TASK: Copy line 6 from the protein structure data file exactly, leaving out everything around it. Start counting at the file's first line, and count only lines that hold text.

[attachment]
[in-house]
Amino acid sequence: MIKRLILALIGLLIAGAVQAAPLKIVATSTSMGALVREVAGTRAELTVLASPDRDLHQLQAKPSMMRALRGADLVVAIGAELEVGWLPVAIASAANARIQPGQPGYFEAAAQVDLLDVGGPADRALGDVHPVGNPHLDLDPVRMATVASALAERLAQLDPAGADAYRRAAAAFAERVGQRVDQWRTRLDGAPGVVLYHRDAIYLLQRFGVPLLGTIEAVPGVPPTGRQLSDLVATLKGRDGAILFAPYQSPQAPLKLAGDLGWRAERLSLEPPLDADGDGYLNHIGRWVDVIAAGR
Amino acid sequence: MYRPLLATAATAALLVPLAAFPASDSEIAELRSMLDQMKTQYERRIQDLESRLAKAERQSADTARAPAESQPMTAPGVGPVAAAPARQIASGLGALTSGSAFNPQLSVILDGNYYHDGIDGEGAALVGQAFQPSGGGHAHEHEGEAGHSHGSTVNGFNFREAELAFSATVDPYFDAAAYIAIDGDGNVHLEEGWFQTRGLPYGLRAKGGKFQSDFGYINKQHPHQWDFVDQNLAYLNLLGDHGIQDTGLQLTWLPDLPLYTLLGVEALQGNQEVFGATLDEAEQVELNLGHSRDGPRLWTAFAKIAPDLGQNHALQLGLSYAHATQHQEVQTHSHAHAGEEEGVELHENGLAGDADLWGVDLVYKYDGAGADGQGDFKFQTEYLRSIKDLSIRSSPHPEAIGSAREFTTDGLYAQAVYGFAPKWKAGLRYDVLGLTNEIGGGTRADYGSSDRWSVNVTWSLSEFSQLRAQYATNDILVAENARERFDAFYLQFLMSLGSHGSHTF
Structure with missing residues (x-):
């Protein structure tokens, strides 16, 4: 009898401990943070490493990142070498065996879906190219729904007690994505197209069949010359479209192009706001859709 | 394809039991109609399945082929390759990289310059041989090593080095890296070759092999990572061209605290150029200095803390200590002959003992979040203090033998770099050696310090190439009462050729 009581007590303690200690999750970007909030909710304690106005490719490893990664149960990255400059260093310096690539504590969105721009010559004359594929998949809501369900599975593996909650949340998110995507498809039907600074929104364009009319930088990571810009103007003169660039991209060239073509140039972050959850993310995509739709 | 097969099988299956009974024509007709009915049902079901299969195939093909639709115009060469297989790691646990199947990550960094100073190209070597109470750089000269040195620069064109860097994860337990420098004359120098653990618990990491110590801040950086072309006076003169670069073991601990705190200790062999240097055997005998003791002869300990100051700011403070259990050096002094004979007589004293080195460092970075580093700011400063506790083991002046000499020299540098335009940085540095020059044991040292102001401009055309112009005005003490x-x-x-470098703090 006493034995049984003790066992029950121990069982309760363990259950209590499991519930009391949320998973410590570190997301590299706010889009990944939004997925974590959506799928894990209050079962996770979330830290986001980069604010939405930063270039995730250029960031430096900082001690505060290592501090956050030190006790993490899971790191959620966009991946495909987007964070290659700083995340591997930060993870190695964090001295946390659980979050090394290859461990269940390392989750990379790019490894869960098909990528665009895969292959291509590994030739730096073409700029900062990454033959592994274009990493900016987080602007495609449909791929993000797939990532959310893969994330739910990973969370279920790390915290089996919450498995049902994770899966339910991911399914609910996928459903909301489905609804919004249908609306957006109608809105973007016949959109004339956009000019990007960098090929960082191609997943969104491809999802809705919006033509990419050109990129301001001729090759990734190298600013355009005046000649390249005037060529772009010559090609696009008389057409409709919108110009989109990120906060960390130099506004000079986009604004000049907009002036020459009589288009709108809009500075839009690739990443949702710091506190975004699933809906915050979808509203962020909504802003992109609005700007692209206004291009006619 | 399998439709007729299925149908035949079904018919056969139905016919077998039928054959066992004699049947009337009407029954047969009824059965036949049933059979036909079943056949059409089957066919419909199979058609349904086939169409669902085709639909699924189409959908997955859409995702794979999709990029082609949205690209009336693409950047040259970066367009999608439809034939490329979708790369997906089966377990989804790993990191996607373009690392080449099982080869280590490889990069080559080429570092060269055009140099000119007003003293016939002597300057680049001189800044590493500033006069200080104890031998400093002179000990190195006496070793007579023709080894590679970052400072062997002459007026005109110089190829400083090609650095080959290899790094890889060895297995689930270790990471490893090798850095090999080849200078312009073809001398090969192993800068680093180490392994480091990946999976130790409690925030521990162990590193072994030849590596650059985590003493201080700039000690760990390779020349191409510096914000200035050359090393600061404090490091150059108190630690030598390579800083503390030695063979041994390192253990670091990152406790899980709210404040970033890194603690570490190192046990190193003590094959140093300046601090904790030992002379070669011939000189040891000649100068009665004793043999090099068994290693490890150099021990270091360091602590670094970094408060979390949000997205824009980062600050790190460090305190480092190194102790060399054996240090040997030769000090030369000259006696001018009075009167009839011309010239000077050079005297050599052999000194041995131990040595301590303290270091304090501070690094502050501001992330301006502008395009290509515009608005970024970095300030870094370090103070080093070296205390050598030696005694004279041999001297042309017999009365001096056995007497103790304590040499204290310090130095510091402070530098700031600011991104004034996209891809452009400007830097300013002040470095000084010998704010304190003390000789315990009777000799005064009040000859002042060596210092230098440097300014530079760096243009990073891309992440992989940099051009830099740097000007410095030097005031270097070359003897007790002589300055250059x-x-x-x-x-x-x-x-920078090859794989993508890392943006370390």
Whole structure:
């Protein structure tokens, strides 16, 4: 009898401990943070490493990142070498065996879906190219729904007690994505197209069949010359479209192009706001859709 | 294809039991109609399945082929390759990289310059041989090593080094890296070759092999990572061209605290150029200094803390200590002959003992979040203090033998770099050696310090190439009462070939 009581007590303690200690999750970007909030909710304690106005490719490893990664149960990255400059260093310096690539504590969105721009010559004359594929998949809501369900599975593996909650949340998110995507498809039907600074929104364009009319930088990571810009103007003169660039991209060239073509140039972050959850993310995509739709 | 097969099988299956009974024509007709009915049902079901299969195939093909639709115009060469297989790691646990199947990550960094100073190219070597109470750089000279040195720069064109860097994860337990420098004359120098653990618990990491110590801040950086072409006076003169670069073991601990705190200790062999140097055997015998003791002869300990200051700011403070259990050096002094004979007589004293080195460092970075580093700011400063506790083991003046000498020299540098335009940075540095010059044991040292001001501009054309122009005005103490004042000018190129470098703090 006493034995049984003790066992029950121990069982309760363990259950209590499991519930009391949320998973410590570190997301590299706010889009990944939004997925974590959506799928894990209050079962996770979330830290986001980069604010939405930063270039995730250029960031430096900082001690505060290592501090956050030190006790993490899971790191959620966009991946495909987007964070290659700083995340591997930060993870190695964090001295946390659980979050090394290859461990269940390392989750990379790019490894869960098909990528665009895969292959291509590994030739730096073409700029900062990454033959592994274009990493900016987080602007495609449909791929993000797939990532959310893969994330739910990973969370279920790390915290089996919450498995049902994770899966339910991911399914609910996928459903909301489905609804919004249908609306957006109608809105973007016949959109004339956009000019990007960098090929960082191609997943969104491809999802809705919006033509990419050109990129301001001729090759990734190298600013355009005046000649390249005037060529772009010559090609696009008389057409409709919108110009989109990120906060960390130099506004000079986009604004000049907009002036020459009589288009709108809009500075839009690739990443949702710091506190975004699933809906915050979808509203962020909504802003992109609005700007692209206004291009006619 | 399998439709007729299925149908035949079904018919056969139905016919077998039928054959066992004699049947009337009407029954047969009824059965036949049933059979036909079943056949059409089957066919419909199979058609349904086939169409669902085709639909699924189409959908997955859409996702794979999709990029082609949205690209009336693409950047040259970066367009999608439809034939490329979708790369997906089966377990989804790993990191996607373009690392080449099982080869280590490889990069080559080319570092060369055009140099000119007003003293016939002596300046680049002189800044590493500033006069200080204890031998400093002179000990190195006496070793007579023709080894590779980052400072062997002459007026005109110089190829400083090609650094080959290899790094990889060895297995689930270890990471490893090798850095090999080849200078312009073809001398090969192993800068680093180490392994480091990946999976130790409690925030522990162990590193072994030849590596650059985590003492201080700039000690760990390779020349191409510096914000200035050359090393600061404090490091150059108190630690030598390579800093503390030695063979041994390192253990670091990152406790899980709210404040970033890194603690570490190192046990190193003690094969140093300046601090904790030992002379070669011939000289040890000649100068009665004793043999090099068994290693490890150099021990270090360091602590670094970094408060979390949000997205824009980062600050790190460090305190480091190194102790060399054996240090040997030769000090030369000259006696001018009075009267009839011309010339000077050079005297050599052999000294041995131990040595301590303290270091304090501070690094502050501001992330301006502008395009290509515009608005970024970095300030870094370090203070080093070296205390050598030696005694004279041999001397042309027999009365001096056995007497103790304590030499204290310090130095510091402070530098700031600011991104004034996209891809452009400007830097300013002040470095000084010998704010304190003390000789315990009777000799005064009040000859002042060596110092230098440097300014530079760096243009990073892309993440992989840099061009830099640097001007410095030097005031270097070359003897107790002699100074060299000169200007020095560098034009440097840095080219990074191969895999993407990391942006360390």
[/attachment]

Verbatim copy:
Whole structure: